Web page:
We're getting close to planting season again. I’m trying to plan ahead and really work towards getting our chickens food growing right around their coop.
Because, I think you might have noticed, chicken feed is...
E. X. P. E. N. S. I. V. E. !
Especially when your chickens aren’t laying any eggs! :-(
It seems as if they won’t give up their finicky laying patterns. One year the summer was too hot, and they didn’t lay. The next year they kept laying right through the summer and stopped for the winter.
Sometimes I find myself wondering about them.
I really get tired of buying all their feed, because I know WE DON’T HAVE TO!
I’ve done lots of reading up on it and I'm convinced we really don’t need to be buying their feed. There're so many ways to cut costs on your feed bill. Today I’m going tell you about all the amazing things you can grow for them.
Here’re are 15 things you can grow as chicken food. Things you can plant in your chicken garden. Free food & shade for your chickens in the edible landscaping right outside their coop.
But it’s better than that! Many of the things I've listed below are perennials (meaning they grow for years with little maintenance) or hardy self-seeding annuals.
Once you plant them there’s little work on your part to keep them thriving. And they will continue to feed your chickens for years.
Growing your own chickens food will save you money and keep both you and them happy. :-)
15 Plants To Grow That Will Lower Your Chicken Feed Bill
A lady bug on some buckwheat flowers.
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Weeds, Cover Crops & Grains
Weeds and cover crops can be some of the BEST things to feed to your chickens. They’re high in nutrients and many are good for giving you the lovely dark orange egg yolks. There is no reason to skip these. They’re cheap and easy to start planting. Buy a few seeds, plant & water, and your up & running. You may even have these growing in your yard right now! Let your chickens go get them, or chop them down and take them to your chickens.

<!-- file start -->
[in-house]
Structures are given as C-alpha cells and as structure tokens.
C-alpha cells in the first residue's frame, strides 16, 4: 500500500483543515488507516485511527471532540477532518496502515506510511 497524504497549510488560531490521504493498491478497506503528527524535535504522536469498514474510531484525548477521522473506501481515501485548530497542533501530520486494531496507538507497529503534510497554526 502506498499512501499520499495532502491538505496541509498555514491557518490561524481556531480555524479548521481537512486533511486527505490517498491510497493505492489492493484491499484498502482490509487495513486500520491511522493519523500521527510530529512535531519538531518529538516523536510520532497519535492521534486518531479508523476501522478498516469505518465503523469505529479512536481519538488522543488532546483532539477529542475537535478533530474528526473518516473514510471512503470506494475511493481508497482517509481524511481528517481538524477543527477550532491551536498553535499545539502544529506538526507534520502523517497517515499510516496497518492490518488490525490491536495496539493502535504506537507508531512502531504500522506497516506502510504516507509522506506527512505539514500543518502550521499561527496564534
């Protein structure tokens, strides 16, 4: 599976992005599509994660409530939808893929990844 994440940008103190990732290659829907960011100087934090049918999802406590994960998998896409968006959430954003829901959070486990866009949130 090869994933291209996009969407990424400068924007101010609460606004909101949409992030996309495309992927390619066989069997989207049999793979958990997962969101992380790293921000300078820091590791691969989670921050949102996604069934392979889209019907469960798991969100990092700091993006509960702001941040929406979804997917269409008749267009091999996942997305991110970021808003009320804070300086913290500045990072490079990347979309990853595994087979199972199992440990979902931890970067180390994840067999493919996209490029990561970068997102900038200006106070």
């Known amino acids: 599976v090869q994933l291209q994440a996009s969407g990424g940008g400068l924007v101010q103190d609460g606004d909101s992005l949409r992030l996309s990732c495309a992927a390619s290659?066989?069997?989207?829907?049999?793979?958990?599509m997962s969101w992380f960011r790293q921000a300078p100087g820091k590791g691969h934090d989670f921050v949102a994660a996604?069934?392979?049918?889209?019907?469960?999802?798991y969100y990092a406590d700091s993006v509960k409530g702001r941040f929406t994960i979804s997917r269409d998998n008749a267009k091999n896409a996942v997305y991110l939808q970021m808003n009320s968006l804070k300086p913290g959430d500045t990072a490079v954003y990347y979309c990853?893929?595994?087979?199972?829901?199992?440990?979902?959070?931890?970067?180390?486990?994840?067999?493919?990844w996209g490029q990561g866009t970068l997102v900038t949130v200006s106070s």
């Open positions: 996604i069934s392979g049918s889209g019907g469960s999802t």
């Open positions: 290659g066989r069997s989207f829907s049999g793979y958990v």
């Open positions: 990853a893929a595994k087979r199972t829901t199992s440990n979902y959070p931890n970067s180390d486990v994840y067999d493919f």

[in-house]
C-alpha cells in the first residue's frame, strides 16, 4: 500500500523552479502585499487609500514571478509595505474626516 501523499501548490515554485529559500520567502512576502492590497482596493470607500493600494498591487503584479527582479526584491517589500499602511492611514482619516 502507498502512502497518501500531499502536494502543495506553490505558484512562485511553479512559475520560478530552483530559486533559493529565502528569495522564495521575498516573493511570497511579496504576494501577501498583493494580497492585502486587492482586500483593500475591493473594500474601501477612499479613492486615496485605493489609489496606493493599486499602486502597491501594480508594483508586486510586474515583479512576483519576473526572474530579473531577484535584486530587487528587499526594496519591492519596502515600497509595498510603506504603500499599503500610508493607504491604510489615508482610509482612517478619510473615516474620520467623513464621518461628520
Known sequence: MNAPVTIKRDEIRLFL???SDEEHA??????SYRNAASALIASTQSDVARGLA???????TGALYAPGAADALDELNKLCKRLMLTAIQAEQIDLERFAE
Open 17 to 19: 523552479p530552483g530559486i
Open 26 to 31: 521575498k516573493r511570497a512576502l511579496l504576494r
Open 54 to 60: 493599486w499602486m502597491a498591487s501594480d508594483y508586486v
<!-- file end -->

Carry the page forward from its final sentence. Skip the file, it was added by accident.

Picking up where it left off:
15. Dandelion: weed
14. Stinging Nettle: weed & herb
13. Comfrey: cover crop & herb
12. Burdock: weed & herb
11. Yellow Mustard: herb & vegetable
10. Alfalfa: cover crop & herb
9. Clover: cover crop & herb & grain
8. Buckwheat: cover crop & grain
7. Amaranth: grain & greens
A large squash harvest from the summer of 2016 (this year :-) ) Chickens love squash!
Pretty much if you can grow it and you can eat it so can your chickens. They would love any squash, potatoes, tomatoes, watermelon, etc. from your garden. There are a few things they can not eat, but not much. Here're few really great things to feed them...
6. Peas: vegetable
5. Sunflowers: seeds & make sure to feed the leaves and stalks to your goats or compost them.
Dandelions are great for chickens.
Fruits and Berries
The best for last! These are perennials, meaning plant them once and they'll keep producing for years. I suggest you plant them near your chicken coop. Once the fruits are ripe I would go in and gather whatever you want and then let the chickens get what you miss. For some fruits this will work better than others. The chickens might get all your blackberries because they’re so low, but you should be able to harvest a good amount from your trees before they drop for the chickens.
I’ve heard a lot of good things about Mulberries and can’t wait to try them! It sounds like they provide TONS of both fruit and shade. A+!
4. Elderberries: small tree or shrub (equals shade) & fruit
3. Blackberries: fruit
2. Figs: tree (means shade) & fruit
1. Mulberries: big tree (lots of shade) & berries
I hope this list was helpful. Now you can get out there and plan how to get your chickens food growing right outside their own coop.
I hope you see there are more benefits to this than simply cutting your feed costs, which by-the-way, would be enough in and of itself...
But by planting food for you chickens you are:
- Creating shade
- Encouraging beneficial insects
- Improving of fixing your soil and the microorganisms in there
- And making it over-all a nicer place to be & see!
I can’t wait to get these growing for our chickens! At least when they stop laying we aren’t paying tons to feed them (And buying eggs form the grocery store). :-)
If you’re interested in cutting your chicken’s feed bill even further, check out this page to learn more:
10 Ways to Save Money on Your Chicken Feed Bill